svn commit: r265442 - head/sys/dev/vt

Bruce Evans brde at
Tue May 6 16:50:13 UTC 2014

On Tue, 6 May 2014, Matthew Fleming wrote:

> On Tue, May 6, 2014 at 6:52 AM, Aleksandr Rybalko <ray at> wrote:
>> Log:
>>   Implement KDMKTONE ioctl.

Does it have to have to be even worse than syscons?

>> Modified: head/sys/dev/vt/vt_core.c
>> ==============================================================================
>> --- head/sys/dev/vt/vt_core.c   Tue May  6 13:46:36 2014        (r265441)
>> +++ head/sys/dev/vt/vt_core.c   Tue May  6 13:52:13 2014        (r265442)
>> @@ -1732,9 +1732,17 @@ skip_thunk:
>>                 td->td_frame->tf_rflags &= ~PSL_IOPL;
>>  #endif
>>                 return (0);
>> -       case KDMKTONE:          /* sound the bell */
>> -               /* TODO */
>> +       case KDMKTONE: {        /* sound the bell */
>> +               int freq, period;

Style bugs: nested declarations, and misindented braces to make the rest
not too ugly without using C++ declarations).  Syscons doesn't use any
local variables here.

>> +
>> +               freq = 1193182 / ((*(int*)data) & 0xffff);

This is a period in nominal x86 i8254 timer cycles, not a frequency.
1193182 would be a frequency.  This is very confusing.  The confusion
is reduced a little in kbdcontrol and syscons by spelling the variable
that is spelled 'period' here as 'duration'.

The current bugs caused by this confusion seem to be:
- the API has been broken.  The original API (from SCO?) apparently has
   units of x86 timer cycles at the nominal frequency for (*(int*)data).
- inverting the units fixed broken cases but broke working cases.  Broken
   cases included:
   - the default "pitch" of 800 Hz was actually a period of 800 x86 timer
     cycles.  Its frequency was actually 1193182 / 800 = 1493 Hz.  This
     affected the default in kbdcontrol and the kernel.
   Working cases included anything that conformed to the API:
   - kbdcontrol -b 1.800 used to give 800 Hz.  Now it gives 800 x86 timer
     cycles or 1493 Hz after a double inversion.
   The inversion bug is more obvious at frequencies far away from
   sqrt(1193182) = 1092 Hz.  800 is only moderately far away.
- variable names are bad.  'pitch' is used for both frequencies and periods.
   Variable names were not changed to match inversion of the API, though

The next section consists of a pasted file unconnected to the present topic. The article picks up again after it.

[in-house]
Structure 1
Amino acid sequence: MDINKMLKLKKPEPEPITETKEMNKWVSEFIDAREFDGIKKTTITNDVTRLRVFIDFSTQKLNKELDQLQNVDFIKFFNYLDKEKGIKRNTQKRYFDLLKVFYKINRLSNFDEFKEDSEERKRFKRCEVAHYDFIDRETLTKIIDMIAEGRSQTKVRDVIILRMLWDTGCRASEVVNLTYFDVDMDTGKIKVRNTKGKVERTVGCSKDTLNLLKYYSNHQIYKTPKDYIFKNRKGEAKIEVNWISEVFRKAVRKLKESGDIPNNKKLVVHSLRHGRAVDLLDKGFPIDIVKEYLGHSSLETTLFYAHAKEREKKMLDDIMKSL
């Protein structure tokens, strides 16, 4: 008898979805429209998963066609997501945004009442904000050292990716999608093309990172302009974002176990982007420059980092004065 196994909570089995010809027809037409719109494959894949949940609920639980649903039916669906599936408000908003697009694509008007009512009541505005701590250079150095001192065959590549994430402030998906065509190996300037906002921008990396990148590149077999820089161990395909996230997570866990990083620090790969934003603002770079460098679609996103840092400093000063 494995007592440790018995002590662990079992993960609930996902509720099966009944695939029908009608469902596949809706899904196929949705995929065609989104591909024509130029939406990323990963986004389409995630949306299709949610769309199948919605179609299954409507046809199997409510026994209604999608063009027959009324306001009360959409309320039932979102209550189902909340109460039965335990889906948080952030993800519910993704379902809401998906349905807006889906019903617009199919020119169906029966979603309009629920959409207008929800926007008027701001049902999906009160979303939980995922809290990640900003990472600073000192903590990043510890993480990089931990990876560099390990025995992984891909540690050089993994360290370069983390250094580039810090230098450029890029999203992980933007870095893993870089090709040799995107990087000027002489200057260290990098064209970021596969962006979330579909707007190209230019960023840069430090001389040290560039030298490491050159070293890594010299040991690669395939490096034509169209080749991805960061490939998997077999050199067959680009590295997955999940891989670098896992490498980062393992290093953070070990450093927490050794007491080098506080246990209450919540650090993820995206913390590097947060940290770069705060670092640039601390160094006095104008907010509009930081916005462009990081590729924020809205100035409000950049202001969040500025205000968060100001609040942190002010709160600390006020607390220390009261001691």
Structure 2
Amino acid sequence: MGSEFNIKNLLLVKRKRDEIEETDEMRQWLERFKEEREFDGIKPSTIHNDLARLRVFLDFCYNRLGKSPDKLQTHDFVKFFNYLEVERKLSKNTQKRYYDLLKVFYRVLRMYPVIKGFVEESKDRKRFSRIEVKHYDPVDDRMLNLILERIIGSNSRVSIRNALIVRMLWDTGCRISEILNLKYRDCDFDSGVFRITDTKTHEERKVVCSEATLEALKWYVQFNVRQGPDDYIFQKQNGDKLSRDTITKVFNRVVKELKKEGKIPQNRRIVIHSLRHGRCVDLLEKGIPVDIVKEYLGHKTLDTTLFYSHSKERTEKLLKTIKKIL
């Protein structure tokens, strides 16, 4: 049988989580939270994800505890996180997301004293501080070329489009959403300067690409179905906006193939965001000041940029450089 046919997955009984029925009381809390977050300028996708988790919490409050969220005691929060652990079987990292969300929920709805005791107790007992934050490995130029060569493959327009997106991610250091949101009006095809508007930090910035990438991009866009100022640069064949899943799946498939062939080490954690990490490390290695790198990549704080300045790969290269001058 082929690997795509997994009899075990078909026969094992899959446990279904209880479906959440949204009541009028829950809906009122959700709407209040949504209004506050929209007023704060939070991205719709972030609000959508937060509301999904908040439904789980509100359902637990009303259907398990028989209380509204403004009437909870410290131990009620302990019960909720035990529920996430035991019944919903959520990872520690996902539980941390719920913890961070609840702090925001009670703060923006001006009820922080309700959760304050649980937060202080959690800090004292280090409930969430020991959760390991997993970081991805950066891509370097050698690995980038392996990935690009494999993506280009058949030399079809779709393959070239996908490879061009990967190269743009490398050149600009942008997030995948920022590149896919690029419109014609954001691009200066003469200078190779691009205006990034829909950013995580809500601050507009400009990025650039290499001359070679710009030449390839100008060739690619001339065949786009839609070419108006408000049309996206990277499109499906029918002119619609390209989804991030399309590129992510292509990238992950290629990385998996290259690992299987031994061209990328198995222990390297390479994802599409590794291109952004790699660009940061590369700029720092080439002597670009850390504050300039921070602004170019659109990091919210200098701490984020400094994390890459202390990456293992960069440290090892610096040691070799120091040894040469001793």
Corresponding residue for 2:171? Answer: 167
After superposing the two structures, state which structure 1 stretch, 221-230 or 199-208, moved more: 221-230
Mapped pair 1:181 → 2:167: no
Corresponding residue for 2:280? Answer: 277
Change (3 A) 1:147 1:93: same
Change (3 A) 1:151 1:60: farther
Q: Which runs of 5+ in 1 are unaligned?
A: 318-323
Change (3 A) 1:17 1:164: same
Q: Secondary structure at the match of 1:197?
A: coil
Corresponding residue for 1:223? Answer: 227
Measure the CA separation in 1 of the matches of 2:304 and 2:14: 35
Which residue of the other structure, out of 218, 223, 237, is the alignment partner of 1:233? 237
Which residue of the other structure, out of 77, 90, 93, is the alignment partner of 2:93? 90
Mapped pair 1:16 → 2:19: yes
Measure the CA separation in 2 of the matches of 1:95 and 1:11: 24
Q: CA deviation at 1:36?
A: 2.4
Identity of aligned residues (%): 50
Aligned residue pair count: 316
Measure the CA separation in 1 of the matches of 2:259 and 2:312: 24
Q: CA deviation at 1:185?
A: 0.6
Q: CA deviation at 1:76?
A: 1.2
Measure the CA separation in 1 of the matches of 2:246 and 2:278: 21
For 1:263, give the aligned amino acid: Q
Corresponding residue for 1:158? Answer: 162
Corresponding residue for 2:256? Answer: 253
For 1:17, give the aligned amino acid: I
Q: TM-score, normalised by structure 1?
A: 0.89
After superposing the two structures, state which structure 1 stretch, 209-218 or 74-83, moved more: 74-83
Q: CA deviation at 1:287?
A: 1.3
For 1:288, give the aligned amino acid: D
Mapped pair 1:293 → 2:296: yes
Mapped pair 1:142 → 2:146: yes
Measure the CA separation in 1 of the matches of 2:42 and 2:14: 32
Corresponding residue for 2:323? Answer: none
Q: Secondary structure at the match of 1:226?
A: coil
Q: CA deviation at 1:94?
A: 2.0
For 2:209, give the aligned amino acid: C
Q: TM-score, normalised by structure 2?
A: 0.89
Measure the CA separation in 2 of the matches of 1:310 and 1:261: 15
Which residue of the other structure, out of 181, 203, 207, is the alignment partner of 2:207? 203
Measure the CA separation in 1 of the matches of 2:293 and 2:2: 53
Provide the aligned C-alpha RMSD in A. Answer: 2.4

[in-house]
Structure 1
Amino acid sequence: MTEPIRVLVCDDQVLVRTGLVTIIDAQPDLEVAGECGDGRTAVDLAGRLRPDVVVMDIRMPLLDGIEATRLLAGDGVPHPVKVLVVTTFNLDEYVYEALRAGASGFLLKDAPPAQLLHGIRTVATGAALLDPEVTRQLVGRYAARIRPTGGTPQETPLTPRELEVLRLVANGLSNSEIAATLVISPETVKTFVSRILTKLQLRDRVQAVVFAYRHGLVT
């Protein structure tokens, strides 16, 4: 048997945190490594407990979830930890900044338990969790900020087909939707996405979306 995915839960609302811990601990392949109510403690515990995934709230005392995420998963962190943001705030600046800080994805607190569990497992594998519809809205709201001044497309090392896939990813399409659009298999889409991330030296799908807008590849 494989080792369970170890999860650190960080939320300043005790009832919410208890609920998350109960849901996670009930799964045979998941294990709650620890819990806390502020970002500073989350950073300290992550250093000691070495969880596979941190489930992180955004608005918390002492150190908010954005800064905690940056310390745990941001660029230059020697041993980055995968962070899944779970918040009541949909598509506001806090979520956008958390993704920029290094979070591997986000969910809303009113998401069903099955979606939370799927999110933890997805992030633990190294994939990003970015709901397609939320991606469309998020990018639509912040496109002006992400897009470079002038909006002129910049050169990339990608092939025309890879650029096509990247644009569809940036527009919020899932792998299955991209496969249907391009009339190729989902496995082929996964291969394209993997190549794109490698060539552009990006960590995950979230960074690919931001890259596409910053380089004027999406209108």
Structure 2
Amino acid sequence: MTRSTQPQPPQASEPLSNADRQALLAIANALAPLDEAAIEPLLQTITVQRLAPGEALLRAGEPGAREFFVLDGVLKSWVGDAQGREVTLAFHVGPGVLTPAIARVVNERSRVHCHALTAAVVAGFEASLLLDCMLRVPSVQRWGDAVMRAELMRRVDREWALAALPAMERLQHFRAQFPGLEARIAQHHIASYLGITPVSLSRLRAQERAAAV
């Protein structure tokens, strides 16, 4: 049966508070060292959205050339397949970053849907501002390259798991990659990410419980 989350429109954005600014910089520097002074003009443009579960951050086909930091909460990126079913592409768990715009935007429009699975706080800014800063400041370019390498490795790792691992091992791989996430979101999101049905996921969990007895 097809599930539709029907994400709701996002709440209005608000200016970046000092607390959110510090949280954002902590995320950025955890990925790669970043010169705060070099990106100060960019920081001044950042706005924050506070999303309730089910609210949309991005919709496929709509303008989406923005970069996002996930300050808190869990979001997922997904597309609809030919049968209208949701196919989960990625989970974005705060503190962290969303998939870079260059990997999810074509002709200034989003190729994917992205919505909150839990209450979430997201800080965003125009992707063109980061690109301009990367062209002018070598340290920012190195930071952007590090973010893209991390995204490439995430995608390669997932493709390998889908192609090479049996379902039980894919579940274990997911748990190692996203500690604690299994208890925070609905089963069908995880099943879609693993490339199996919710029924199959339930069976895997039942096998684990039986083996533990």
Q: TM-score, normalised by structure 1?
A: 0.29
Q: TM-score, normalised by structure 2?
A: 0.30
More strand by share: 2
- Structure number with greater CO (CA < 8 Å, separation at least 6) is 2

sometimes the inversion made the variable name not so bad.

syscons is better layered here.  It passes the undivided "pitch"
((*(int*)data) & 0xffff) to sc_bell().  sc_bell() implements visual
bell, which I use.  Even KDMKTONE gets turned into visual bell.  OTOH,
KDMKSOUND makes a "tone", which is actually always a sound.

Note that the hard-coded frequency 1193182 is almost correct, although
this is x86-specific and even x86 has a variable for the timer
frequency.  It is part of the non-broken user API.  It is sysbeep()'s
resposibility to convert from nominal x86 cycles to the actual hardware.
This is easier to fix with the magic number not exposed to userland.
Even x86 sysbeep() never bothered to do the conversion.  Conversion
on x86 would only give a fix of a few ppm except on exotic hardware.

> This data comes from a user and can't be trusted.  This is a potential
> divide-by-zero.

This bug has been implemented and executed before.  It was in at least
the alpha version.  The alpha sysbeep() did an extra inversion, so the
broken cases were reversed relative to the old i386 version, as above.
Better yet, the inversion implemented the divide-by-zero panic, as above.

I may misremember, but in unquoted parts of the diff I saw a check for
the zero-divisor case.  This check is necessary to match the API.  0
is an out-of-band value that must be translated to a default value.

>> +               period = (((*(int*)data)>>16) & 0xffff) * hz / 1000;

> This is signed shift which I can't recall if it's well-defined if the
> number is negative.  Using u_int would definitely be defined.

Syscons does the same thing here.  The behaviour is implementation-
defined IIRC.  In practice, negative values for the duration give a
garbage result that is very far from negative.  E.g., a duration of
-1 gives 0xffff after shifting.  This is independent of whether the
sign bit gets shifted since the high bits are masked off.  But the
result is garbage -- masking makes it positive.  Then scaling by hz /
1000 makes 0xffff as large as possible for a duration instead of
negative.  Not a problem.

You can get worse problems from physically impossible frequencies like
1 Hz and nearly-infinite Hz.  Not 0 or infinite Hz since 0 is translated
or 1193182/0 is avoided in non-buggy versions.  1 Hz is physically
impossible and not a problem.  Nearly-infinite Hz (a period of 0 or 1
timer cycles) might damage the speaker, but in practice the speaker
just can't keep up.  I think it averages out to not doing anything.


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